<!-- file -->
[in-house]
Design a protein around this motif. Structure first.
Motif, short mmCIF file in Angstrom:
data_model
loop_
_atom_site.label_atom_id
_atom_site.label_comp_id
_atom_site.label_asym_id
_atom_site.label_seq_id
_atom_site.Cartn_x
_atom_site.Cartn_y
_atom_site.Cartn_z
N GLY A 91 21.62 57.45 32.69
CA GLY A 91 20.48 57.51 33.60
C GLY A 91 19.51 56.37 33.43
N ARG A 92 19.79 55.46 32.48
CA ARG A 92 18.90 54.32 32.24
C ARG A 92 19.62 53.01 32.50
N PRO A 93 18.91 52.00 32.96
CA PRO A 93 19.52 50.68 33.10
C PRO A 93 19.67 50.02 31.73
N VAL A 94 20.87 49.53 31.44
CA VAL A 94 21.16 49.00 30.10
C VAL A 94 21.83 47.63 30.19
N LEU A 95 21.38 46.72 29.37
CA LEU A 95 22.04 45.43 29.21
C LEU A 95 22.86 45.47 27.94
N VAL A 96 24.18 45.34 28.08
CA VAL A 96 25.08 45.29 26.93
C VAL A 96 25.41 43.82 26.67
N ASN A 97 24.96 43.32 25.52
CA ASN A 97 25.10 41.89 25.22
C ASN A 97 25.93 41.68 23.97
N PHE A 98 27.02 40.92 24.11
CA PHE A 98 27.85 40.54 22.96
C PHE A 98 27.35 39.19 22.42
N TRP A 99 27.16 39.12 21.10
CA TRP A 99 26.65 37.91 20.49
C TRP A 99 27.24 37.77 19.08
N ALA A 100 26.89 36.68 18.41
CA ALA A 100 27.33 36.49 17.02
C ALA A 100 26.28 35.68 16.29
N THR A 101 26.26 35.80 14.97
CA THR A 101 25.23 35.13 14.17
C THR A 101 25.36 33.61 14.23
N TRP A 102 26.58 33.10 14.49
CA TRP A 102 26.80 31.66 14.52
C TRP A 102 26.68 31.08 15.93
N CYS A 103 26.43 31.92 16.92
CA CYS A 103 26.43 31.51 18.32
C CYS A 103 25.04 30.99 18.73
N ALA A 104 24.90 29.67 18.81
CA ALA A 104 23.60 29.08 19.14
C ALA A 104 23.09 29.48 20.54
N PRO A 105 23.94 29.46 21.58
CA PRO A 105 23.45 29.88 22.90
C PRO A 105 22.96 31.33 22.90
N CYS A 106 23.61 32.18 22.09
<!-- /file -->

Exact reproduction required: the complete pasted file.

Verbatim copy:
[in-house]
Design a protein around this motif. Structure first.
Motif, short mmCIF file in Angstrom:
data_model
loop_
_atom_site.label_atom_id
_atom_site.label_comp_id
_atom_site.label_asym_id
_atom_site.label_seq_id
_atom_site.Cartn_x
_atom_site.Cartn_y
_atom_site.Cartn_z
N GLY A 91 21.62 57.45 32.69
CA GLY A 91 20.48 57.51 33.60
C GLY A 91 19.51 56.37 33.43
N ARG A 92 19.79 55.46 32.48
CA ARG A 92 18.90 54.32 32.24
C ARG A 92 19.62 53.01 32.50
N PRO A 93 18.91 52.00 32.96
CA PRO A 93 19.52 50.68 33.10
C PRO A 93 19.67 50.02 31.73
N VAL A 94 20.87 49.53 31.44
CA VAL A 94 21.16 49.00 30.10
C VAL A 94 21.83 47.63 30.19
N LEU A 95 21.38 46.72 29.37
CA LEU A 95 22.04 45.43 29.21
C LEU A 95 22.86 45.47 27.94
N VAL A 96 24.18 45.34 28.08
CA VAL A 96 25.08 45.29 26.93
C VAL A 96 25.41 43.82 26.67
N ASN A 97 24.96 43.32 25.52
CA ASN A 97 25.10 41.89 25.22
C ASN A 97 25.93 41.68 23.97
N PHE A 98 27.02 40.92 24.11
CA PHE A 98 27.85 40.54 22.96
C PHE A 98 27.35 39.19 22.42
N TRP A 99 27.16 39.12 21.10
CA TRP A 99 26.65 37.91 20.49
C TRP A 99 27.24 37.77 19.08
N ALA A 100 26.89 36.68 18.41
CA ALA A 100 27.33 36.49 17.02
C ALA A 100 26.28 35.68 16.29
N THR A 101 26.26 35.80 14.97
CA THR A 101 25.23 35.13 14.17
C THR A 101 25.36 33.61 14.23
N TRP A 102 26.58 33.10 14.49
CA TRP A 102 26.80 31.66 14.52
C TRP A 102 26.68 31.08 15.93
N CYS A 103 26.43 31.92 16.92
CA CYS A 103 26.43 31.51 18.32
C CYS A 103 25.04 30.99 18.73
N ALA A 104 24.90 29.67 18.81
CA ALA A 104 23.60 29.08 19.14
C ALA A 104 23.09 29.48 20.54
N PRO A 105 23.94 29.46 21.58
CA PRO A 105 23.45 29.88 22.90
C PRO A 105 22.96 31.33 22.90
N CYS A 106 23.61 32.18 22.09